The Government is also working more broadly with Indigenous partners to explore new ways of advancing their visions of self-determination, consistent with UNDRIP. This can take place through the Recognition of Indigenous Rights and Self Determination process, which is an alternative to the treaty process, for addressing the interests of Indigenous groups. It encourages exploratory discussions and the co-development of measures, thereby renewing and strengthening nation-to-nation relationships between Canada and Indigenous peoples. It can also take place under the new Recognition and Reconciliation of Rights Policy for Treaty Negotiations in British Columbia, which were endorsed by the Principals to the BC Treaty Process on September 4, 2019. The new policy establishes a foundation for negotiations based on 1) the recognition that Indigenous groups have pre-existing rights, including title and self-government and 2) federal and provincial commitments to implement the UN Declaration. The goal of the policy is to fashion a reconciliation of pre-existing Indigenous and Crown sovereignties through co-developed agreements.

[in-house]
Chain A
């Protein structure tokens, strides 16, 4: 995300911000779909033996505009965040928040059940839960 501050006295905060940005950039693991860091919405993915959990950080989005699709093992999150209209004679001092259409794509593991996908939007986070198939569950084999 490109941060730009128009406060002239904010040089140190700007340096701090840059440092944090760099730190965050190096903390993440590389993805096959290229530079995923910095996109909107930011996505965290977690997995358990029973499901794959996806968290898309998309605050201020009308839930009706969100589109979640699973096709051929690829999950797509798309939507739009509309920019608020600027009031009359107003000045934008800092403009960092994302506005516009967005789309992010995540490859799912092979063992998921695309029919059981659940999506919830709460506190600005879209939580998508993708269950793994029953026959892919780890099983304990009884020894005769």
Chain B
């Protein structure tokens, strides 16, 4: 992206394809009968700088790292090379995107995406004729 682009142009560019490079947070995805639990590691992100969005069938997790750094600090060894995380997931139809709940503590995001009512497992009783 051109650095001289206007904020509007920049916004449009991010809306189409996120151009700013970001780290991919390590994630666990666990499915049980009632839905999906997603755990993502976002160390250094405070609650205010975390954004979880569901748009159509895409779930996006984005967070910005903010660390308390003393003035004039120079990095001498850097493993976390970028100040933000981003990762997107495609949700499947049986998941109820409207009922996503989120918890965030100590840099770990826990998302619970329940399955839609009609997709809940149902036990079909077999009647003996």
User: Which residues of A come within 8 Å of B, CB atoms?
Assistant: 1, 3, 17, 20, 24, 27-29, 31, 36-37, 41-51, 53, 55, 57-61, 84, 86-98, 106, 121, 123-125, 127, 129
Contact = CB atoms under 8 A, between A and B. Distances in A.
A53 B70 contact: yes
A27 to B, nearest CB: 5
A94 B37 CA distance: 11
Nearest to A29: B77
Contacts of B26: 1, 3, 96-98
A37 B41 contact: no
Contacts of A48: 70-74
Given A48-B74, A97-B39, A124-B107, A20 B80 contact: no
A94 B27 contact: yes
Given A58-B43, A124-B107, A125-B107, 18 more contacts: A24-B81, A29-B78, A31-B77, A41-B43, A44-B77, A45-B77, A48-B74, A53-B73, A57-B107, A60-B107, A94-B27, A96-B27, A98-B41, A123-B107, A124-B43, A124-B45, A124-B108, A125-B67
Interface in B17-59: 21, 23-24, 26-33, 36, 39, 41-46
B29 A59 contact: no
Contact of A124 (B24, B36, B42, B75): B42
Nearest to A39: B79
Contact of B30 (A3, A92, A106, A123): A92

Renewing the nation-to-nation, government-to-government and Inuit-Crown relationships between Canada and Indigenous peoples, towards self-determination, is a priority for this Government.

Presented to the House of Commons
Elizabeth May (Saanich—Gulf Islands)
June 16, 2020 (Petition No. 431-00262)
Government response tabled
September 24, 2020
Photo - Elizabeth May
Saanich—Gulf Islands
Green Party Caucus
British Columbia

26 signatures

Only validated signatures are counted towards the total number of signatures.